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Tomba wins only silver, keeps smiling

Alberto Tomba fell backward in the snow, waggling his skis in the frozen air, imitating a freshly exterminated cockroach.

La Bomba, who's been labeled a picture pig, was creating a photo opportunity Saturday, in case his blistering second slalom run rescued the Olympic gold medal.

"I had no choice but to attack," Tomba said in his halting, charming English. "I took much risk going after the gold, having been victimized in my first run by skis with edges too sharp."

Italy's swaggering, cocksure skiing Adonis placed a humbling seventh in the opening Les Menuires trip, a whopping 1.58 seconds behind a front-running Norwegian with the unlikely name of Finn Christian Jagge.

"If anybody can catch up, it is me," Tomba said at slalom halftime to Gustavo Thoeni, an Italian skiing hero of the 1970s who coaches him. "Listen to the people! Oh, they want me, Gustavo!"

Italian legions had been semi-muted by Alberto's disappointing first run. But soon it became afternoon, with refreshed hope. It would take a miracle run, but many Italians think La Bomba can turn snow to wine. Voices from his homeland lined the slalom course, screeching and singing, even falling to knees in prayer for Tomba.

"I do not pray," said Antonio Bos, a Florence florist, "because Alberto does not need it. He is the lord of all Olympic mountains. He is the one we worship."

Four years ago at Calgary, Tomba won both slalom and giant-slalom gold medals. Now 25, the skiing playboy went swashbuckling into history earlier this week, taking GS gold in the XVI Winter Games, the first Alpine racer to win in back-to-back Olympics.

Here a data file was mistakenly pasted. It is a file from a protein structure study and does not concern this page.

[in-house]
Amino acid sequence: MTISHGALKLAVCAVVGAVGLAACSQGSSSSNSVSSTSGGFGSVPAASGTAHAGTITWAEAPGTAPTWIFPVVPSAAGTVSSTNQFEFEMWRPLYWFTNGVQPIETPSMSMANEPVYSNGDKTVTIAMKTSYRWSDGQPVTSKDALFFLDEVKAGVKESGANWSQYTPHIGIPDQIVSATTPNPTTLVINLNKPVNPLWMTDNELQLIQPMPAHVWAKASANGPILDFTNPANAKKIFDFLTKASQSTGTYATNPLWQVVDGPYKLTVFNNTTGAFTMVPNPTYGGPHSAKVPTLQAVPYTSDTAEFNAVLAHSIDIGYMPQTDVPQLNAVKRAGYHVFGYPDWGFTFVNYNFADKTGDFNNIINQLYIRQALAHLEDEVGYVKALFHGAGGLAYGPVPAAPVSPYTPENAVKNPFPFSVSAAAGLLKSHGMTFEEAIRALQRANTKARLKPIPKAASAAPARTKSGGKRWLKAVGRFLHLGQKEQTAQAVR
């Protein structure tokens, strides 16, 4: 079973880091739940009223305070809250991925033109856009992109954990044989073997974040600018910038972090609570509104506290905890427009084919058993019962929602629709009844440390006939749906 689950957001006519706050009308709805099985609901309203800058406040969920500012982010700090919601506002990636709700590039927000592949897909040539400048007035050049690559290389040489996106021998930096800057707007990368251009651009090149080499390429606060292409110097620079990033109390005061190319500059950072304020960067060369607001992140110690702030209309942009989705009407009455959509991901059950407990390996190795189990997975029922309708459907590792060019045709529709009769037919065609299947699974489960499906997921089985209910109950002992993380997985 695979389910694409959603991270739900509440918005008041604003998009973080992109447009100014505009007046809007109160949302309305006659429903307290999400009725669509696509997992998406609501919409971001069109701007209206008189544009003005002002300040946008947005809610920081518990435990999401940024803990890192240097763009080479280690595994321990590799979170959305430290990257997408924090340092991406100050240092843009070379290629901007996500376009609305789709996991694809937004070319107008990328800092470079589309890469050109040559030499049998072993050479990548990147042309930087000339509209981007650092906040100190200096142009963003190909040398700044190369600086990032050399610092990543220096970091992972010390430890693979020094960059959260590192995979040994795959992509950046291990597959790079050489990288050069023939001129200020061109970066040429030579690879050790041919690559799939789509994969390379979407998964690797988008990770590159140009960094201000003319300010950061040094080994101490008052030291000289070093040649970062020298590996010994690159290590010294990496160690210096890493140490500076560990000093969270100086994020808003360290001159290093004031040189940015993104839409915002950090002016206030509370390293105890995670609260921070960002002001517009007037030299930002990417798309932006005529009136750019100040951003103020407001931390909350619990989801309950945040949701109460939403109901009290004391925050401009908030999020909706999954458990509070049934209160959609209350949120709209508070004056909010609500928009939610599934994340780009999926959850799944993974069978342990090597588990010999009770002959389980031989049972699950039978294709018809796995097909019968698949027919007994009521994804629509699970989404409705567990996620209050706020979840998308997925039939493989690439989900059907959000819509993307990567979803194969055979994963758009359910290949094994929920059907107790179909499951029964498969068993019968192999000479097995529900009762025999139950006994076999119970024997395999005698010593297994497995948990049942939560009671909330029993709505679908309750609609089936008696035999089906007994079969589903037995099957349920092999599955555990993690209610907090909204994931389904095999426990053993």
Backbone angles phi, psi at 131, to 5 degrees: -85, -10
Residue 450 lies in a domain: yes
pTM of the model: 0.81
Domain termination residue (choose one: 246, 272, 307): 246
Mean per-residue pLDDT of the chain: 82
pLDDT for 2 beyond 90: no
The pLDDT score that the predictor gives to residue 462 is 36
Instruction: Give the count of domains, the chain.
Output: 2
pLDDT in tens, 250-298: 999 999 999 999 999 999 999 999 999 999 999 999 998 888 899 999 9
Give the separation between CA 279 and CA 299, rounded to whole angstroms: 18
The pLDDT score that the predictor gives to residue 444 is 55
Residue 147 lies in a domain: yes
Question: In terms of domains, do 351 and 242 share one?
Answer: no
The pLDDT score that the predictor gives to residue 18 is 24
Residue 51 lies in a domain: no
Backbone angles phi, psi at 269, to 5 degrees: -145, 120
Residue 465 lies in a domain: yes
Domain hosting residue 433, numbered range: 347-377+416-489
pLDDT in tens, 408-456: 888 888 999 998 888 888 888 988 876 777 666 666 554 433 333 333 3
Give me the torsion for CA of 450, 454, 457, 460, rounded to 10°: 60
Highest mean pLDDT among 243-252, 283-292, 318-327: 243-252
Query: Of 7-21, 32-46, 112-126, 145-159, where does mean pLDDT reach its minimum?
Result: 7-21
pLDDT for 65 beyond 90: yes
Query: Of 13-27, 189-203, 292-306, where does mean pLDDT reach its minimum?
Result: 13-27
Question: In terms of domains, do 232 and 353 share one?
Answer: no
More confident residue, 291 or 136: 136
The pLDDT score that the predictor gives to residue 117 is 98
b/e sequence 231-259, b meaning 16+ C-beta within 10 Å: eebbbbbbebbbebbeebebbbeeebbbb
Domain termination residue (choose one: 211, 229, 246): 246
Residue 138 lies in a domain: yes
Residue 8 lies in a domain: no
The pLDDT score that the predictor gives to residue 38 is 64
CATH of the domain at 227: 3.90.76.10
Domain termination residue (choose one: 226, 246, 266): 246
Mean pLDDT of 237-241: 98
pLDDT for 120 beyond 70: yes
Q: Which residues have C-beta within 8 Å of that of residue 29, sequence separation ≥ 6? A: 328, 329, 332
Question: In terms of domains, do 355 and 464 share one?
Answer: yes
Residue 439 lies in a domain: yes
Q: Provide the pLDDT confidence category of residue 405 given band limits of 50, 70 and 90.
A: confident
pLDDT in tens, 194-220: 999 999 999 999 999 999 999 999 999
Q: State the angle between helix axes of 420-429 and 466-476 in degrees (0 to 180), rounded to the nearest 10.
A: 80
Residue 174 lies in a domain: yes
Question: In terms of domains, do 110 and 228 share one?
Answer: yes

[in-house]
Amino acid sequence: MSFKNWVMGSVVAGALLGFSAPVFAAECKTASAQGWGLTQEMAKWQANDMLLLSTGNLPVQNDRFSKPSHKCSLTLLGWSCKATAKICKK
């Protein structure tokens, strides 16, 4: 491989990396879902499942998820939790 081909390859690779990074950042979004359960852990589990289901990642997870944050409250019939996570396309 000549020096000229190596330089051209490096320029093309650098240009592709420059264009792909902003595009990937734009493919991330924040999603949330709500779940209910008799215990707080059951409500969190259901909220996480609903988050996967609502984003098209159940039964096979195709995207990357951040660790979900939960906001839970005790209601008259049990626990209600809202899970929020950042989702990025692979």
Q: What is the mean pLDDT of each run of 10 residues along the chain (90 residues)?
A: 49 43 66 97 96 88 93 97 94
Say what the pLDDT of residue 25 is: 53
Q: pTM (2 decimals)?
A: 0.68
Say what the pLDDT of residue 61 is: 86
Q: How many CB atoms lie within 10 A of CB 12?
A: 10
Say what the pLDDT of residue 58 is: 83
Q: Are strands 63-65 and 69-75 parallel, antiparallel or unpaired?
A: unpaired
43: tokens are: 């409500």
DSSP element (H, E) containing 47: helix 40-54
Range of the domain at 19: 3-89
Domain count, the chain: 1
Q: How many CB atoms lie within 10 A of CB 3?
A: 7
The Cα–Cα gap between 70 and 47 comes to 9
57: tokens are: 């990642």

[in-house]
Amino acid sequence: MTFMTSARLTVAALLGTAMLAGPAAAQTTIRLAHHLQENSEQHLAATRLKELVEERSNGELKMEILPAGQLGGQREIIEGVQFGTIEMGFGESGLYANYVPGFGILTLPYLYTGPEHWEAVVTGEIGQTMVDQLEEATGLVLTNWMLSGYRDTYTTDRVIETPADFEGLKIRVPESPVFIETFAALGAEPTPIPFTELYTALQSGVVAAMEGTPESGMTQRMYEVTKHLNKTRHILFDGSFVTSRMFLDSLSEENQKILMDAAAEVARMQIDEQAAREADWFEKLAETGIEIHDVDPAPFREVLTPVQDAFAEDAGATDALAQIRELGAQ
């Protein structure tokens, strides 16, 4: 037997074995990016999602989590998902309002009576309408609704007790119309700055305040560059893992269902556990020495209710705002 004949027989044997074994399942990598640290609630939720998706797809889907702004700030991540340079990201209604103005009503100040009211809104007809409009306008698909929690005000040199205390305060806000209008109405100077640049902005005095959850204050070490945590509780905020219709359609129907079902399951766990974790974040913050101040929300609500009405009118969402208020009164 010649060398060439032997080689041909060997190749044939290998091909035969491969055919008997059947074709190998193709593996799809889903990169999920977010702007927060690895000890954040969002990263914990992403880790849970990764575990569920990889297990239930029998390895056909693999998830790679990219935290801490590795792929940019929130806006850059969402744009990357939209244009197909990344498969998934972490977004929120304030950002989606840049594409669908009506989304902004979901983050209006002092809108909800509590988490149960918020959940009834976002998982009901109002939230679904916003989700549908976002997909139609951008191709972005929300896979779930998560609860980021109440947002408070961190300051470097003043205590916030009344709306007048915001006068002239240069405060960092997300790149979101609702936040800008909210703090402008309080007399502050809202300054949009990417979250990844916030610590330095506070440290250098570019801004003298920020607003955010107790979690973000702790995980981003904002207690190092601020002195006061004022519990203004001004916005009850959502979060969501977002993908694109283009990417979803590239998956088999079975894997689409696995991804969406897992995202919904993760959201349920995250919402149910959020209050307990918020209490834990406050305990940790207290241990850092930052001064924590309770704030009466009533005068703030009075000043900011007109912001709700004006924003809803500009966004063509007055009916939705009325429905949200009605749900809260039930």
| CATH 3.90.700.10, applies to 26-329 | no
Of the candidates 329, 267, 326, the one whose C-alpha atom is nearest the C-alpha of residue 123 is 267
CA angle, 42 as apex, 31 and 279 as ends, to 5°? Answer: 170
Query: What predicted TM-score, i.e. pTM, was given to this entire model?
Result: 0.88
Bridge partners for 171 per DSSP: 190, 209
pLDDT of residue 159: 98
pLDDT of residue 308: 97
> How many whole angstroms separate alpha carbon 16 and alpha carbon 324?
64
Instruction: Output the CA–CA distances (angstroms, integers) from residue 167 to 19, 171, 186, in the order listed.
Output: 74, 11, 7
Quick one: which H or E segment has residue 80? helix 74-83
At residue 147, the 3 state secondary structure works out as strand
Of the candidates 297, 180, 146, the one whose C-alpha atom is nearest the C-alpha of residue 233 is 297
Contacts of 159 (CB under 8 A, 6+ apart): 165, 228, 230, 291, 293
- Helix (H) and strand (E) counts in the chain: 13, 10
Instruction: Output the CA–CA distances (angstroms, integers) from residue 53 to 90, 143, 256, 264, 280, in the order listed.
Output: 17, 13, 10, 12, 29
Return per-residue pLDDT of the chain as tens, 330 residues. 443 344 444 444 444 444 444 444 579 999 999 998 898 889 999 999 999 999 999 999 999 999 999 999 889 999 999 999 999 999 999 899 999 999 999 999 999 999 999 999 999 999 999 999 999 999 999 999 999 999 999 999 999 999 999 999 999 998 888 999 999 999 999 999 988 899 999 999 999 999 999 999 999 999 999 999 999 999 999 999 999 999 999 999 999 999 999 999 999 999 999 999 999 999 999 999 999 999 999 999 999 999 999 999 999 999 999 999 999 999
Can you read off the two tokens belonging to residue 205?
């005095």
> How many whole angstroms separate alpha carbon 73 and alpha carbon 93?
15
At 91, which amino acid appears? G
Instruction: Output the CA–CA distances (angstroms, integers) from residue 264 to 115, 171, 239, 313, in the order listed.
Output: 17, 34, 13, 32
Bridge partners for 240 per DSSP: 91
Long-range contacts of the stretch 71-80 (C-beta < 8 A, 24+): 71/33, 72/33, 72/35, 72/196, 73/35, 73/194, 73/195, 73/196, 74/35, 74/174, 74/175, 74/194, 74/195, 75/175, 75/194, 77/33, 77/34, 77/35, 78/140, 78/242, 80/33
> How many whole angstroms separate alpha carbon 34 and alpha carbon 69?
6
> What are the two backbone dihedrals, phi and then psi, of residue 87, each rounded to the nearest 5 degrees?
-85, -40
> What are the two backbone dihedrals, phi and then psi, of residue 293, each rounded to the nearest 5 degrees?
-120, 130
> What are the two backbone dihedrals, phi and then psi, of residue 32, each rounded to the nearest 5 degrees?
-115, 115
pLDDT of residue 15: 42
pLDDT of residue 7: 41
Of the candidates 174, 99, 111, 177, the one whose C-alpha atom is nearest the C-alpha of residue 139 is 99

But could he pull off an Olympic double-double? "I've won the giant slalom," he had bragged, "and the slalom is a far stronger race for me. Winning seems likely." But Tomba needed a startling second run, or perhaps a stumble by runaway leader Jagge.

As Tomba came grunting from the start house on the climactic run, college student Verni Carpatto from Naples bellowed, "Do it, my darling Alberto!" She clanged a cowbell and carried a poster of a naked male body with La Bomba's cutout face pasted onto the proper anatomical place.

Tomba schussed past, and Verni blew kisses. When Alberto reached the finish, he wheeled to see the time. "51.66" told him a medal was reachable, and there was a long-shot chance for gold.

Six contenders were yet to take their second runs. Tomba stood by helplessly and watched and wished foul fortune for his rivals. Groupies stretched across a retaining fence, trying to put even a fingernail on their idol.

Sweden's Tomas Fogdoe and Switzerland's Patrick Staub took their slalom shots but fell shy of Tomba's two-run clocking of 1:44.67. Austria's Michael Tritscher then missed by a ski length, finishing .18 of a second behind Tomba.

Then there was one.

Jagge, a 25-year-old with vanilla hair, went slashing through the early part of the Les Menuires course. Tomba's eyes were lasered in on a giant TV screen. He half-smiled, half-grimaced. Jagge's advantage shrank as the upset man from Oslo swivel-hipped down the mountain.

But, at the finish, victorious numbers flashed for Jagge, a cumulative time of 1:44.39 that outdid La Bomba by .28 of a second. Tomba shrugged, giving gold-medalist Jagge a half-hearted pat on the hand. Alberto slowly slid away with his silver.

"We still love you," cried a chorus of Italian teen-aged girls. Tomba looked at them without reaction but later suggested, "It's still a great day for Italy. Silver is not a worthless treasure."

After his Calgary conquests, Tomba put on weight, and for two years reaped more headlines for socializing, womanizing and gluttonizing than for winning ski races. He was called "Fat Alberto," after the blimpish old Bill Cosby cartoon character.

Eventually, he rebounded to dominate the World Cup circuit, while apparently moderating his social swirl, and arrived in Albertville on a professional high.

Asked about another post-Olympics relapse into his vices, Tomba grinned and said, "I start tomorrow." Then he added, "No, just kidding. You must make sacrifices and renounce some of the easy life to excel in sport. I will be more careful now, but I also promise to have some good times. Catch me if you can."